I have never been a fan of washing windows. Steve my gardener indicated that he used to wash windows with his previous garden/lawn maintenance business, when he was younger. My ears immediately perked up. Could this really be too good to be true???
Yes... yes it really is true. My gardener can do windows. What girl wouldn't jump at the opportunity to get out of window washing??? Well, let me tell you.....
The Jenks Mansion has been vacant for 34 years. One could pretty much assume that these windows haven't been washed in at least 40 years. Maybe 50. It is one thing to wash windows, you know, that have sort of been washed every year. That is a daunting task in itself, in my opinion. Now, multiply that by 40 or 50 years and you can imagine how long it could take to wash each large window in this abandoned old lady.
Today the window washing began. 3 windows took almost a day, using a very strong commercial window cleaner. I have to say that Steve my gardener is a trooper. I also have to say that to see clearly through the old mansion's window is nothing short of fantastic. What a difference. Thank you Steve. I believe this old mansion thanks you too. I am sure there is a huge sigh of relief for this grand old lady. Yes..... restoration is fast approaching. Yes, Virginia there really is a Santa Claus.
Hooray!! It's finally springtime in Montana.
We have resumed clean up work at the Jenks Mansion. My gardener Steve has miraculously spent days and days cleaning up the yard. Not certain the 50 years of neglect could be ever reversed, Steve managed to prove me wrong.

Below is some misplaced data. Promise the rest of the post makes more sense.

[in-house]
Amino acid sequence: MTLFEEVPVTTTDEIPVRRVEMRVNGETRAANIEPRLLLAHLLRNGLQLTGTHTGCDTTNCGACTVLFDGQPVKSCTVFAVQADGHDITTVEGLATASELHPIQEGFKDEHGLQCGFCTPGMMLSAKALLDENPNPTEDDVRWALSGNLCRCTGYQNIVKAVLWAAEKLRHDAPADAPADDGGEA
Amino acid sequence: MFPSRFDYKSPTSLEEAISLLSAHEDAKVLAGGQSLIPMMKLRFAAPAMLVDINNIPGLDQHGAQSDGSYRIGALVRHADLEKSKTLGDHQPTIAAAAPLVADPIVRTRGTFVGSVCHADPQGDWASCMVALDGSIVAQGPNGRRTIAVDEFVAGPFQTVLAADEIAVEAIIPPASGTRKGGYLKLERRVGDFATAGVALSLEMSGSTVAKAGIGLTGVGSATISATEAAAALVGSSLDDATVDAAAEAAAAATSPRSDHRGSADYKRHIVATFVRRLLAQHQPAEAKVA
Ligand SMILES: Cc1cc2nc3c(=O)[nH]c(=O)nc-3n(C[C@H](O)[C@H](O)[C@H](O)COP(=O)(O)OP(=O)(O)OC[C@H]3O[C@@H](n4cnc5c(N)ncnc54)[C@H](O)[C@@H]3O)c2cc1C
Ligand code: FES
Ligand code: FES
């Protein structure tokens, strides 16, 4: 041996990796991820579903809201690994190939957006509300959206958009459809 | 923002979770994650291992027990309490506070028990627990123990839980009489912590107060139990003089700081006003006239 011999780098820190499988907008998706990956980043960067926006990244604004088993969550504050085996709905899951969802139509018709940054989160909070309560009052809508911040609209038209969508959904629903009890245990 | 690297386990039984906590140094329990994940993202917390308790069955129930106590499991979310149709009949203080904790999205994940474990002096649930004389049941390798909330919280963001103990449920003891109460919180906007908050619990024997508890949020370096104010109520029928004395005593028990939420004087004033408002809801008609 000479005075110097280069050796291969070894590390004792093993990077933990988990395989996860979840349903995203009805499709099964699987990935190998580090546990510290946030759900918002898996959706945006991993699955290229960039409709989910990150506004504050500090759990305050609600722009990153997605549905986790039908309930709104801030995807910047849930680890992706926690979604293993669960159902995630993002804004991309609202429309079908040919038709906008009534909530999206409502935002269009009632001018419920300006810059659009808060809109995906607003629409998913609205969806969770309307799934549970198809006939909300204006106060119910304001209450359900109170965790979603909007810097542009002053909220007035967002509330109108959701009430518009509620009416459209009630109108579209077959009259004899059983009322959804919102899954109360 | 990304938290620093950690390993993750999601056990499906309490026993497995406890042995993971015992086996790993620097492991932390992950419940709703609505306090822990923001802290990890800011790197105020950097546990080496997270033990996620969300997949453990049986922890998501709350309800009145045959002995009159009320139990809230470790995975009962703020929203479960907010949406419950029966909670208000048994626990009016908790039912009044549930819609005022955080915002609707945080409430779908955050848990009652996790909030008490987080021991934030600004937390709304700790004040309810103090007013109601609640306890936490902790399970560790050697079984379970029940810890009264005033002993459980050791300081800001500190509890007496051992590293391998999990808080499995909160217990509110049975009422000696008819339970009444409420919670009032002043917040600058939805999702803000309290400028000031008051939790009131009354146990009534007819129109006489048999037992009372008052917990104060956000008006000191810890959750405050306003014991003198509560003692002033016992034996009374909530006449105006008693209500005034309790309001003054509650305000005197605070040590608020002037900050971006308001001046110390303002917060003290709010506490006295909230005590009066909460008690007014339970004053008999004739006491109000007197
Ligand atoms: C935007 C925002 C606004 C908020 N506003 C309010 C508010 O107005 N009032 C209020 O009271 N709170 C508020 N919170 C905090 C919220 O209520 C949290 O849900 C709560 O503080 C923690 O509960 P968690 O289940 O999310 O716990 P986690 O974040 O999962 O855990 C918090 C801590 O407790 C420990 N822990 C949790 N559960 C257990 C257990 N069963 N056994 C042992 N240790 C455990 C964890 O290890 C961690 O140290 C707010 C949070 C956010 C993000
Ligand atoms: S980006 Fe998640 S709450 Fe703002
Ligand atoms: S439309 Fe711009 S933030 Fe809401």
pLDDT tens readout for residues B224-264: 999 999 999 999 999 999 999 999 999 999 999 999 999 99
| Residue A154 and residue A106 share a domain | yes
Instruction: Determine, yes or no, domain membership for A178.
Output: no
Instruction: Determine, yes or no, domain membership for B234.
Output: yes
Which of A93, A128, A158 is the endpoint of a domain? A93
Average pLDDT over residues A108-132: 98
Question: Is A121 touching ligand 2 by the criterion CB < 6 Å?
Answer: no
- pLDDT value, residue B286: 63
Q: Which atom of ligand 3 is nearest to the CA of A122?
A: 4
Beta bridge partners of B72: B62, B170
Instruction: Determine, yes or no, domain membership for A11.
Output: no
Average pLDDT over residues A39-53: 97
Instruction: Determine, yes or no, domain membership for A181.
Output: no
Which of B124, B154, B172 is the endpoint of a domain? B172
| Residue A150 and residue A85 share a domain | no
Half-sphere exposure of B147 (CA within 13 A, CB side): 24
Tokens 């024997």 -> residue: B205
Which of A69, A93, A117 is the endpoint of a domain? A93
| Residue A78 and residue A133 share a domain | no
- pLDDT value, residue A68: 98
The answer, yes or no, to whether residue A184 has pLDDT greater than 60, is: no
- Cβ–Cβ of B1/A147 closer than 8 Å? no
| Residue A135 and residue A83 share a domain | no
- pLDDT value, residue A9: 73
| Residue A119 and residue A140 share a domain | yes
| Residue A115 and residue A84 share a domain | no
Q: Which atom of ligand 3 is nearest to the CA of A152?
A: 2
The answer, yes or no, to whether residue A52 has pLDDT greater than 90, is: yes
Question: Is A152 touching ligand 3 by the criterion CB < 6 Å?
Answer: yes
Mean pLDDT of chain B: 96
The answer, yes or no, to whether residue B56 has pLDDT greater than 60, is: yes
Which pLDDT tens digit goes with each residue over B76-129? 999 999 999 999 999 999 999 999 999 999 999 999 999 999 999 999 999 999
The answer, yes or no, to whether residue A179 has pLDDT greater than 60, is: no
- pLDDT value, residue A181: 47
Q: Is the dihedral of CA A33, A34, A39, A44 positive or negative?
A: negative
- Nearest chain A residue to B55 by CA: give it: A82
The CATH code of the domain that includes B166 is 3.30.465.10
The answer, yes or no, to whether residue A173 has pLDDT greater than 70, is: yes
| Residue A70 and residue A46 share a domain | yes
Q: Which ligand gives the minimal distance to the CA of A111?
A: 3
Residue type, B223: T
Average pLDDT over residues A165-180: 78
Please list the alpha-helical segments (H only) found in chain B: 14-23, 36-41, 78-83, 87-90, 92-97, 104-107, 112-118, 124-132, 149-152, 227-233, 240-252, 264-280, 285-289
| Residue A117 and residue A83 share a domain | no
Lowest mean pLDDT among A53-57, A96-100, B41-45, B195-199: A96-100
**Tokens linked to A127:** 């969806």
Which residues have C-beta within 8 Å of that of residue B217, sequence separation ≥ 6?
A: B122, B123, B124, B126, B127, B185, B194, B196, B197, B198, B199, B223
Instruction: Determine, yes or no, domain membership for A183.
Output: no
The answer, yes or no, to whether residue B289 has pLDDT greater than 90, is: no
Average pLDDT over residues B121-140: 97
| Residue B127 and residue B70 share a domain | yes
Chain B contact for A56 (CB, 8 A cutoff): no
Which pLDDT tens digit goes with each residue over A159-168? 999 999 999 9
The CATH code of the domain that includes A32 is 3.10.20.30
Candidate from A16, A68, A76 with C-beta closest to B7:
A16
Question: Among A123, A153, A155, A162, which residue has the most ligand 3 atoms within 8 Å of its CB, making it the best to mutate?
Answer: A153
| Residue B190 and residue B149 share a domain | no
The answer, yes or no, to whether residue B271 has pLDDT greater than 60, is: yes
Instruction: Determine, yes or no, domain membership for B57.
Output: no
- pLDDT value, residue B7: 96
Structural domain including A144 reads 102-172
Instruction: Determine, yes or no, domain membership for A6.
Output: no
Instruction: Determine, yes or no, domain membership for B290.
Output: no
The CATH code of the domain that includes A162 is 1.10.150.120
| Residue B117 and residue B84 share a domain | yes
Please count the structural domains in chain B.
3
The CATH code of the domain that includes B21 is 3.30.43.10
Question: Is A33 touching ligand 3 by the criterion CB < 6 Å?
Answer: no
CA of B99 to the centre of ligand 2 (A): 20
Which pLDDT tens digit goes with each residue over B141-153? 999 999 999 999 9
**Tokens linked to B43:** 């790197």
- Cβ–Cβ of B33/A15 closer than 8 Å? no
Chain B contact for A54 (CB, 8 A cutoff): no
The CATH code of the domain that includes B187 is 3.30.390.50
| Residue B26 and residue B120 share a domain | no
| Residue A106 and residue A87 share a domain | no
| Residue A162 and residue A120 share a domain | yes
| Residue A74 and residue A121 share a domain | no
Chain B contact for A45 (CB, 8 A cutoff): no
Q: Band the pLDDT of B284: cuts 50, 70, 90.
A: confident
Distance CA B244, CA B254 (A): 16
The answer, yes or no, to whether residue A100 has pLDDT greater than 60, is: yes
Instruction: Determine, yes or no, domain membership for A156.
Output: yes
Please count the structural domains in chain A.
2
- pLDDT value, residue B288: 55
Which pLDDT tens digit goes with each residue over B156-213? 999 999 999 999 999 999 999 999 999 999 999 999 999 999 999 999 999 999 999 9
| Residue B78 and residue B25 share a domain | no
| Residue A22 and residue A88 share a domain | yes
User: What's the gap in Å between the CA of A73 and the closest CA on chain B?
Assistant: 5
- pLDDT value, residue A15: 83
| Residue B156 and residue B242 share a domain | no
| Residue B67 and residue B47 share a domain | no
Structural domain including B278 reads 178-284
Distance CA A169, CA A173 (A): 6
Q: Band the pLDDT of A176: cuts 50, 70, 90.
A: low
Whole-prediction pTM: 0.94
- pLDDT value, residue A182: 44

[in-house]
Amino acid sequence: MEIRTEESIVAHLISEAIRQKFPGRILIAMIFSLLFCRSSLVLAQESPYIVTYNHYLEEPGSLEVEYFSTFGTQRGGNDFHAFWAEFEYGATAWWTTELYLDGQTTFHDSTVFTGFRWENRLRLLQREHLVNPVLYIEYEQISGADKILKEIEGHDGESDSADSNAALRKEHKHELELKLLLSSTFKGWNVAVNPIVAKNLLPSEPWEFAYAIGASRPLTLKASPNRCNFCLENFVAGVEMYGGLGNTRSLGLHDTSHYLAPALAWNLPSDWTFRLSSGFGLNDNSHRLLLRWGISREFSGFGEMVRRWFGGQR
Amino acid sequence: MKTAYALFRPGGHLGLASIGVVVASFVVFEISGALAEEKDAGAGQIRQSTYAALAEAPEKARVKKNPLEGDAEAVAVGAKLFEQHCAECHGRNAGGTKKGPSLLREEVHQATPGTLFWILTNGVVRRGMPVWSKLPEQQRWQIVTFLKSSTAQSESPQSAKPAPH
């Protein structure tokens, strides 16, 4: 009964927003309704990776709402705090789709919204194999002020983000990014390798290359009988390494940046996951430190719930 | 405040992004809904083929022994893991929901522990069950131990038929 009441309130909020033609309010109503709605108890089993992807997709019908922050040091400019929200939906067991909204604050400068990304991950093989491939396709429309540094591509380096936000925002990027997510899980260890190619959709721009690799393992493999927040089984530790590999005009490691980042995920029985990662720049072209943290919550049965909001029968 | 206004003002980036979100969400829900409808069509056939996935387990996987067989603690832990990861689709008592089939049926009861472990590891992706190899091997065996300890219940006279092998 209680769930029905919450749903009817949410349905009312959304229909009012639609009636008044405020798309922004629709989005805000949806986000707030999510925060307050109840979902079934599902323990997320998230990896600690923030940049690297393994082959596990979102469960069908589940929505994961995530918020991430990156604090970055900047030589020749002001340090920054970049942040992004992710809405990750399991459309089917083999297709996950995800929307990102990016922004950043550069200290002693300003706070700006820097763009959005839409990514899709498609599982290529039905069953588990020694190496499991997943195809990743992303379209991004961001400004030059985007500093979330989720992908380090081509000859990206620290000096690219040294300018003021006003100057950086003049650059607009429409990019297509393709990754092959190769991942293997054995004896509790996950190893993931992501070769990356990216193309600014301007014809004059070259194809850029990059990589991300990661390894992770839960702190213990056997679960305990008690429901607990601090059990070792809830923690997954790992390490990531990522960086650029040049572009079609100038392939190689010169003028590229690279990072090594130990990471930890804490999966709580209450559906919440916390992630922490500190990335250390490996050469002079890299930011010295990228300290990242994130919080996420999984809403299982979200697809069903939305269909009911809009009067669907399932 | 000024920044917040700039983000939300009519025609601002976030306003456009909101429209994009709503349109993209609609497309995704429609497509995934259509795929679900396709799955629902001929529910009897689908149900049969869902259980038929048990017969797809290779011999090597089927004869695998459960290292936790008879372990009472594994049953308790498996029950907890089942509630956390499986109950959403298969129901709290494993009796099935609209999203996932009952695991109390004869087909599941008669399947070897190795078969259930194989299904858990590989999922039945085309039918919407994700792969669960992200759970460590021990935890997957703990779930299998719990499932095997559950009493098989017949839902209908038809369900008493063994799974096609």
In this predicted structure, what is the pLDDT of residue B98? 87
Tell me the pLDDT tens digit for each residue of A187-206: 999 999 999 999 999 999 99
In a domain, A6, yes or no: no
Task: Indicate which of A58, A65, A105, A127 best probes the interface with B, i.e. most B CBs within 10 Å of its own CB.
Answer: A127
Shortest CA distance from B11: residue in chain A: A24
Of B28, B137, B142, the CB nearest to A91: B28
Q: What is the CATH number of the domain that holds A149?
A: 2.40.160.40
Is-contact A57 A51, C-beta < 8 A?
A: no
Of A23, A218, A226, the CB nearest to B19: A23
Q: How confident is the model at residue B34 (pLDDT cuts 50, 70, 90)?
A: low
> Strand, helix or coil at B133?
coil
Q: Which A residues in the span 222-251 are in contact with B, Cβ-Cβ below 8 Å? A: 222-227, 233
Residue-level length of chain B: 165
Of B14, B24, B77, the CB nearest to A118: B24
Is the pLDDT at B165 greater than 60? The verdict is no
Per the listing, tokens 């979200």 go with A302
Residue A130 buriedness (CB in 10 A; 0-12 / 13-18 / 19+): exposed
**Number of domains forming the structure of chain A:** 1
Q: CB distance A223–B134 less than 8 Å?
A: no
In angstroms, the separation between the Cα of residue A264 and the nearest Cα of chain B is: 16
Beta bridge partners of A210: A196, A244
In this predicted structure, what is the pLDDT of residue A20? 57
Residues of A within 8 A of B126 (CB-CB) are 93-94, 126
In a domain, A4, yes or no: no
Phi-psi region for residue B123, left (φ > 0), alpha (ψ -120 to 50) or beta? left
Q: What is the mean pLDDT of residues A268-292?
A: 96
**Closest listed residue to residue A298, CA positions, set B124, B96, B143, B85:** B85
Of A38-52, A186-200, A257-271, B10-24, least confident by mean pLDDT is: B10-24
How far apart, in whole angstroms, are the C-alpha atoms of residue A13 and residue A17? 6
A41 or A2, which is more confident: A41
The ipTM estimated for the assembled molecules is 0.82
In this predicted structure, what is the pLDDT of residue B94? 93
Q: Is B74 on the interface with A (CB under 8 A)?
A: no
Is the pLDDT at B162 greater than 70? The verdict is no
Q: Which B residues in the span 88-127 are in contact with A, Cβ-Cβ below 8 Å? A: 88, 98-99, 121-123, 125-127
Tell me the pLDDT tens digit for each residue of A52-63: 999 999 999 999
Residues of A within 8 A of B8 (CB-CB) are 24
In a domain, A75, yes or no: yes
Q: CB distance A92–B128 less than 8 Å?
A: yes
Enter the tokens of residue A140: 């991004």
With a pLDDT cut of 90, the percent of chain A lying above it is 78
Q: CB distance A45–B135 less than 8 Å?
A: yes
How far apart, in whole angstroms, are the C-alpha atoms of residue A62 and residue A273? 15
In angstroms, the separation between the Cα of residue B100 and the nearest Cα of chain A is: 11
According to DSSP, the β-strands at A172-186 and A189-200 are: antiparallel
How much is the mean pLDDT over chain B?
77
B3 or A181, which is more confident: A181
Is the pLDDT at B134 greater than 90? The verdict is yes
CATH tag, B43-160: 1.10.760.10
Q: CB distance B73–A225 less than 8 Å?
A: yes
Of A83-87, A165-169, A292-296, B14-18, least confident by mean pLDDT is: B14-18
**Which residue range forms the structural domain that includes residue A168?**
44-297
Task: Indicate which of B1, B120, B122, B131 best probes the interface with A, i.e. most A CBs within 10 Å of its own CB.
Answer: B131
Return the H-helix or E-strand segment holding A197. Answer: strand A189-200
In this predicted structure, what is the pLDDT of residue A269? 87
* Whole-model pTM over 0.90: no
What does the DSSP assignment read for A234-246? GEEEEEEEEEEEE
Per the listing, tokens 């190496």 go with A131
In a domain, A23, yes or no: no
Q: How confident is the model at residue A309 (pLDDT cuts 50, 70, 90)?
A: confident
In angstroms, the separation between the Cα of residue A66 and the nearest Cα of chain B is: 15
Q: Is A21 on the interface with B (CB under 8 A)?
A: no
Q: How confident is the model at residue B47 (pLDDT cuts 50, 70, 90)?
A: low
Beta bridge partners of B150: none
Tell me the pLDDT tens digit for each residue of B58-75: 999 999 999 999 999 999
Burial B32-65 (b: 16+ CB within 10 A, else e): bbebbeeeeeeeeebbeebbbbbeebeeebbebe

Day in and day out he tirelessly kept at it. He filled a 30 yard dumpster with .... well.... I don't actually know .... Steve trimmed the hundreds of feet of hedges and trimmed and pruned the bushes. To my astonishment, He managed to find the old stone pathway that leads one from the front of the house to the back. It is really lovely, and care must have gone into its creation many years ago. There are bulbs peaking out all around the path. It must have been glorious it its day. I hope they bloom this year, but just to see they are alive and well at this point will suffice.
January has been pretty slow at the Jenks Mansion. I haven't seen this much snow and sub zero weather for decades. We are almost finished cleaning the junk out of the second floor. The basement is cleared out too. What a lot of work and I think we are on our 7th thirty yard dumpster. I might have lost count, actually. lol
The vagrants have stolen anything of value. I heard recently that some people broke in and found rings in the basement and pawned them a few years ago. I don't know if that is true or not, but it is not surprising.
It's been pretty chilly out to really do anything. I would like to wish everyone a very Merry Christmas and I hope that Monday we can resume clean out in the basement, second and third floors. I find it terribly exciting to be able to see the actual hardwood, so I can make a plan of how to refinish them when the time comes!!! God Bless and Merry Christmas!!!
My roofer and carpenter Shane Abbott insisted that I go up the lift and look at the new roof shingles. I must say I am not a huge fan of heights or Farris wheels. In order to be respectful, I climbed into the basket of the lift. That was my first mistake. I didn't know that these baskets sort of bounce around when they stop and turn and raise (like a Farris wheel). I took this selfie with Shane Abbott 3 stories up. I immediately resumed screaming just after this photo. I screamed all the way to the ground. The crew couldn't stop laughing. Did I mention we ran out of gas and I was stuck up there for a few minutes until my gardener came to the rescue with some petrol???? Yeah.....no more lifts for me in the near future.
Another view from the lift waiting for more gas. Notice how everyone except me is calm???? Also did I mention that we have fun doing these restorations??? I'm a single parent and my crew is Native American. We all have a good sense of humor because there are strange things that happen when you renovate old mansions. We just have learn to expect the unexpected and roll with it.